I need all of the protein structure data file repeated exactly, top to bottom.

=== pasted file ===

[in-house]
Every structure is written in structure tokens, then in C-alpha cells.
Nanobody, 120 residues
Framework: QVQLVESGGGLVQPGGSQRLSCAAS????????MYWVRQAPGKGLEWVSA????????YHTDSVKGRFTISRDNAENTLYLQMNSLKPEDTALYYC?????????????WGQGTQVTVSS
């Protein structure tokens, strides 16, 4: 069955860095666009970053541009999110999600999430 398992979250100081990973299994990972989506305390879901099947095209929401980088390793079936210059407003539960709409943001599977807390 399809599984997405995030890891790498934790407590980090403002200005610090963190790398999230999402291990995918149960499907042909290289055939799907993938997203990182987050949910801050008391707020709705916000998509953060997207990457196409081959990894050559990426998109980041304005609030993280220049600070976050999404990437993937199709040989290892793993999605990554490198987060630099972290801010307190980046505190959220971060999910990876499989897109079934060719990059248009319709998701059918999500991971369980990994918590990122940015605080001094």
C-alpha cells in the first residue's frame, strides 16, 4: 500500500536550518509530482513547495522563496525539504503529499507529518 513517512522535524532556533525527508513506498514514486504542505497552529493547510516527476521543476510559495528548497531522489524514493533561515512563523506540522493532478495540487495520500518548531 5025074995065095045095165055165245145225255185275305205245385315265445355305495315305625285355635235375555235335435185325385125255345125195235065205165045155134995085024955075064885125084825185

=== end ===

[in-house]
Every structure is written in structure tokens, then in C-alpha cells.
Nanobody, 120 residues
Framework: QVQLVESGGGLVQPGGSQRLSCAAS????????MYWVRQAPGKGLEWVSA????????YHTDSVKGRFTISRDNAENTLYLQMNSLKPEDTALYYC?????????????WGQGTQVTVSS
């Protein structure tokens, strides 16, 4: 069955860095666009970053541009999110999600999430 398992979250100081990973299994990972989506305390879901099947095209929401980088390793079936210059407003539960709409943001599977807390 399809599984997405995030890891790498934790407590980090403002200005610090963190790398999230999402291990995918149960499907042909290289055939799907993938997203990182987050949910801050008391707020709705916000998509953060997207990457196409081959990894050559990426998109980041304005609030993280220049600070976050999404990437993937199709040989290892793993999605990554490198987060630099972290801010307190980046505190959220971060999910990876499989897109079934060719990059248009319709998701059918999500991971369980990994918590990122940015605080001094």
C-alpha cells in the first residue's frame, strides 16, 4: 500500500536550518509530482513547495522563496525539504503529499507529518 513517512522535524532556533525527508513506498514514486504542505497552529493547510516527476521543476510559495528548497531522489524514493533561515512563523506540522493532478495540487495520500518548531 5025074995065095045095165055165245145225255185275305205245385315265445355305495315305625285355635235375555235335435185325385125255345125195235065205165045155134995085024955075064885125084825185